A cluster headache is one of the most painful conditions known to mankind and women suffering from a cluster headache describe the pain as worse than childbirth. Here we aim to give you key information on cluster headache, its management, and treatment.
What are the symptoms?
The symptoms of a cluster headache are characterized by unilateral (one-sided) pain, although for some people the side can vary from time to time. The pain is usually centered over one eye, one temple or the forehead. It can also spread to a larger area making diagnosis harder.
During a bout of a cluster headache, the pain is often experienced at a similar time each day. A headache often starts at night waking people one to two hours after they have gone to sleep. The pain usually reaches its full intensity within 5 to 10 minutes and can last for 30 to 60 minutes.
You may experience the head pain every other day during a “bout”, or up to eight times per day during a bad cluster.
In 80 percent of people with cluster headaches, the bouts (or “clusters”) of head pain can last for 4 to 12 weeks. In some people, headaches can happen once a year during the Spring or Autumn. If your headache comes and disappears for several months or years, you may have an episodic cluster headache. The reason for this seasonal timing is not fully known, although it’s one of the key aspects of diagnosis and may involve a brain area called the hypothalamus. The remaining 20 percent of people do not have these pain free intervals and are said to have “chronic cluster headaches.”
People with a cluster headache are usually unable to keep still during an attack and often try to relieve the excruciating pain by pacing the room or walking outside, and sometimes banging their heads against a wall until the pain stops.
Other symptoms which are characteristic of a cluster headache are a stopped-up or a runny nose on the same side of the head as the pain, a droopy eyelid, watery eyes, and redness in one eye. Many people also experience a flushed or sweaty face.
Who gets cluster headaches?
A cluster headache can start at any age but most commonly starts in your 20s or older. You are not likely to grow out of a cluster headache, although as you get older it is likely that the pain-free periods between bouts of a cluster headache will get longer.
Approximately 1 in 20 people with a cluster headache have a family member who also has the condition. Unlike a migraine, it is more common in men than women (by five to six times). It is also more common in heavy smokers.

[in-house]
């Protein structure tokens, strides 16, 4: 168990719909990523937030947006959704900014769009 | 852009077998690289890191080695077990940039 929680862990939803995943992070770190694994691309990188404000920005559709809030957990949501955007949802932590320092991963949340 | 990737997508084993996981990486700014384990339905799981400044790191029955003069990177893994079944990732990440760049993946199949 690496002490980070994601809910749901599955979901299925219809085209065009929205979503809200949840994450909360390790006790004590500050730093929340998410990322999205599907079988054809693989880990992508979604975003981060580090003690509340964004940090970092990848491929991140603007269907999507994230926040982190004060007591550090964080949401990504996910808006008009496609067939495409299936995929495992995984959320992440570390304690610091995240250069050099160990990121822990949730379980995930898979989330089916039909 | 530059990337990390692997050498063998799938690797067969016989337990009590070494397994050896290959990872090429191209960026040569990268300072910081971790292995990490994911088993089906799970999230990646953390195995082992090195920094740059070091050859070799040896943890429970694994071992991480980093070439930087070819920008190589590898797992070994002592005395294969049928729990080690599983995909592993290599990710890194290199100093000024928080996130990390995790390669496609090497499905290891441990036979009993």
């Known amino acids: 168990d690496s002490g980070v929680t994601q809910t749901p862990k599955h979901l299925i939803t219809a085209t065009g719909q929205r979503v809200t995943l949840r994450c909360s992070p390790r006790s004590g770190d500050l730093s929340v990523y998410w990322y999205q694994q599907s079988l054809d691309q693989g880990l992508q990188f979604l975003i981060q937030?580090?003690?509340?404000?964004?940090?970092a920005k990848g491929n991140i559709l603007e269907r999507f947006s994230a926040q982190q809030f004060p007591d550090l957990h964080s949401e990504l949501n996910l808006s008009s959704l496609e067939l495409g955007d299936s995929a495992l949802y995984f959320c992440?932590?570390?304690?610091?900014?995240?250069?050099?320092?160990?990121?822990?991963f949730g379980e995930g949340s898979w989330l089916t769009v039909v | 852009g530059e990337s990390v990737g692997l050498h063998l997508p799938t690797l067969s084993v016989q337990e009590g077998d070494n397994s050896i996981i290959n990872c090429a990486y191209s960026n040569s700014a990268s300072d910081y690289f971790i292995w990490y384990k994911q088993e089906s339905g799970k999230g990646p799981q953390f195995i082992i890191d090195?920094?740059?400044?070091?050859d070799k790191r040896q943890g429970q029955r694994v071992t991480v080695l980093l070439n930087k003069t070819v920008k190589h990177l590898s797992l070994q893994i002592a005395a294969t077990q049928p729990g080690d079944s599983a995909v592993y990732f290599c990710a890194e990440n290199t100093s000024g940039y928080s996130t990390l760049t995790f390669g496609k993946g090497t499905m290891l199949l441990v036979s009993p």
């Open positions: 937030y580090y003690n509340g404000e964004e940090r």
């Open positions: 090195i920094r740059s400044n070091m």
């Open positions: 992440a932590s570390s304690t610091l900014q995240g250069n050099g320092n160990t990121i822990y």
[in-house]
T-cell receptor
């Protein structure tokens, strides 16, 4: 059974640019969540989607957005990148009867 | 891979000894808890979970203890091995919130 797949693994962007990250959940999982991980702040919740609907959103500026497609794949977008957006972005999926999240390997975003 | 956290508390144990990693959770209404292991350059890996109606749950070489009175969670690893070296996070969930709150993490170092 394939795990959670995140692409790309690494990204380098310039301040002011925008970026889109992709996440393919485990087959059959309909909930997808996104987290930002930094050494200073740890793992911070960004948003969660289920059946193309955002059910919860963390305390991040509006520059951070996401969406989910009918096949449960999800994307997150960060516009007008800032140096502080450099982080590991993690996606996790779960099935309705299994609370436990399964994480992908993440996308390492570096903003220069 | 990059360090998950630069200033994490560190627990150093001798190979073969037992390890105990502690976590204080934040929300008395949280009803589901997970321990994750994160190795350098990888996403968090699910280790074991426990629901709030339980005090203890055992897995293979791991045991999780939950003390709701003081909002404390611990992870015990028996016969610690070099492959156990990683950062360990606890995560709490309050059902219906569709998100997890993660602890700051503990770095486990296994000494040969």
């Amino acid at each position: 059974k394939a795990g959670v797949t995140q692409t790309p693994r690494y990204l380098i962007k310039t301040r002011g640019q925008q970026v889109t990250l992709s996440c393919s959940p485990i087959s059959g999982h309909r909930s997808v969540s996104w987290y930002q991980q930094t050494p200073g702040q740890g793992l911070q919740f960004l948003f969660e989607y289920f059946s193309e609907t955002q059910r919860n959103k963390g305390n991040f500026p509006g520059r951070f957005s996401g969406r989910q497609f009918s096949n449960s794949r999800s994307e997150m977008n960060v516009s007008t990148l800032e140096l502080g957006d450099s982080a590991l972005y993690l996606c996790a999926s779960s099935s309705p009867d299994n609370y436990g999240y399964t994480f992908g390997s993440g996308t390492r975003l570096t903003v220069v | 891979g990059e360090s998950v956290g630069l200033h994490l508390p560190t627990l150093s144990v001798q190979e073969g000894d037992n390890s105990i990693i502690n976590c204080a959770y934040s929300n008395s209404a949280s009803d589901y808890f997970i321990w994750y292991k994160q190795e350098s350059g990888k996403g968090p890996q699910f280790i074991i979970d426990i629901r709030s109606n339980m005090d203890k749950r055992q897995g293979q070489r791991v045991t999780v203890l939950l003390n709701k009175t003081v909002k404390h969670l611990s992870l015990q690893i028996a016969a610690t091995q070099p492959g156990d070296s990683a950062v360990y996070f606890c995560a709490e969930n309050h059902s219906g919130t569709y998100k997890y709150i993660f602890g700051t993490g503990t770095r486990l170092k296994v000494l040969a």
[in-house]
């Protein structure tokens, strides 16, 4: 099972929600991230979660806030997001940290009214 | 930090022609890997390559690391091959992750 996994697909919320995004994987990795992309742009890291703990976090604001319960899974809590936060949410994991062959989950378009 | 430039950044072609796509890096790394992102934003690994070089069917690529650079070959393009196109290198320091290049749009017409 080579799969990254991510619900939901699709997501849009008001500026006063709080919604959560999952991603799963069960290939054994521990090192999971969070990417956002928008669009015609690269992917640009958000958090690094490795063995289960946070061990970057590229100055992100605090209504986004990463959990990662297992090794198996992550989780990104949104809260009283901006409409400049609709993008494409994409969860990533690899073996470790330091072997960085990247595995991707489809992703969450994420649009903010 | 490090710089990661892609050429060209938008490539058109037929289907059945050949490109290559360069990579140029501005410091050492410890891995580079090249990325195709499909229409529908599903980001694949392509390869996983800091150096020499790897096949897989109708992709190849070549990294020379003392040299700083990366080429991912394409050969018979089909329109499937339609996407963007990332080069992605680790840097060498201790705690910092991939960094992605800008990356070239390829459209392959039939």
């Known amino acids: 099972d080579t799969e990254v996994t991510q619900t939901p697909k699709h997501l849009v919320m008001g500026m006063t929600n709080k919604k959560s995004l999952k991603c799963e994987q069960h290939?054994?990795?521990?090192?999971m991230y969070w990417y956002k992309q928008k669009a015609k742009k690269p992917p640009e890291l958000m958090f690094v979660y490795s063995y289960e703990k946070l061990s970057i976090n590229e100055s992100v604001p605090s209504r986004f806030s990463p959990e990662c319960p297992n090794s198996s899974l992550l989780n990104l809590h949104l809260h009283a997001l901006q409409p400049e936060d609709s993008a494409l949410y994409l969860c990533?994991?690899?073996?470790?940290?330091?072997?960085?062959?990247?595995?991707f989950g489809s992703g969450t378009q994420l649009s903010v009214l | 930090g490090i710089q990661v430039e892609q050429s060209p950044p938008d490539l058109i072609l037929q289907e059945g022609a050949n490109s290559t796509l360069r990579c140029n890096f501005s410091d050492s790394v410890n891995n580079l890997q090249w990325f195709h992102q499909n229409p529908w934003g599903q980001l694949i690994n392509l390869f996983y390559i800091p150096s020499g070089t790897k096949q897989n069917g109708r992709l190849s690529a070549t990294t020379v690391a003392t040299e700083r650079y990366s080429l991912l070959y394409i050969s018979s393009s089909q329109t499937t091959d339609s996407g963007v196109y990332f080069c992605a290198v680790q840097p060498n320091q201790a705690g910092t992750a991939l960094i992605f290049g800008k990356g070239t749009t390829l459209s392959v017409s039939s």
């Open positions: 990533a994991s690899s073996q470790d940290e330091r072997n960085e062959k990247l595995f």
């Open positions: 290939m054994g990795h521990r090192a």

Obtaining a diagnosis
There is no special test to diagnose a cluster headache and so your doctor will need to take a very detailed history of all your symptoms in order to make the correct diagnosis. You may be referred for an MRI scan to rule out other causes for the pain starting suddenly.
What triggers a cluster headache?
Alcohol is one well-known trigger of a cluster headache, often bringing on the pain within an hour of drinking. If you have a cluster headache you should not drink any alcohol during a cluster period.
Some people find that certain exercises or becoming overheated will bring on an attack, so again avoiding these is the best advice during a bout.
While there is currently no cure for a cluster headache, the treatment has become much more effective in the last 10 years.
Acute treatment is used to stop the pain once it has started. Treating cluster headache can be tricky because the pain becomes extremely severe very quickly – usually within 10 minutes. Thus the key to treating cluster headache during an attack is speed to reduce the excruciating pain as fast as possible.
- Sumatriptan injections have been found to reduce the pain within 10 minutes during an attack. In general, tablets are less effective if you have a cluster headache because of the time they take to work.
- Sumatriptan and zolmitriptan nasal sprays do help some people although the onset of action maybe slower than the injection.
Preventative treatment is used to try and stop the attack from starting in the first place. There is a far wider range of preventative treatments available now than in the recent past. You will need to take the preventative treatment when the cluster period starts and continue for about two weeks after the bout has ended. You will need to stop the drugs gradually and restart them if a new bout begins.
The most common preventative treatments are:
- Verapamil prescribed for a cluster headache as research has shown that a daily dose can be effective in both episodic and chronic cluster headache.
- Methysergide is effective in episodic (short-term bouts) of a cluster headache but needs caution in the treatment of chronic cluster headache, as you should not take this for more than six months at a time.
- Lithium at a low dose can be effective although again this will need careful monitoring. It is more effective in treating chronic cluster headache than episodic.
- Corticosteroids are given because they are fast acting. They can be used in a short burst for 2 to 3 weeks in decreasing amounts as a first step to break the cycle.
- Ergotamine is infrequently prescribed. It can be helpful in reducing attacks at night if you take it at bedtime.
- Topiramate has recently been reported to be useful in a cluster headache.
As with any drug treatment you may need to work with your doctor to determine what works best for you. You may need to try several treatment regimes before you discover the best one for you.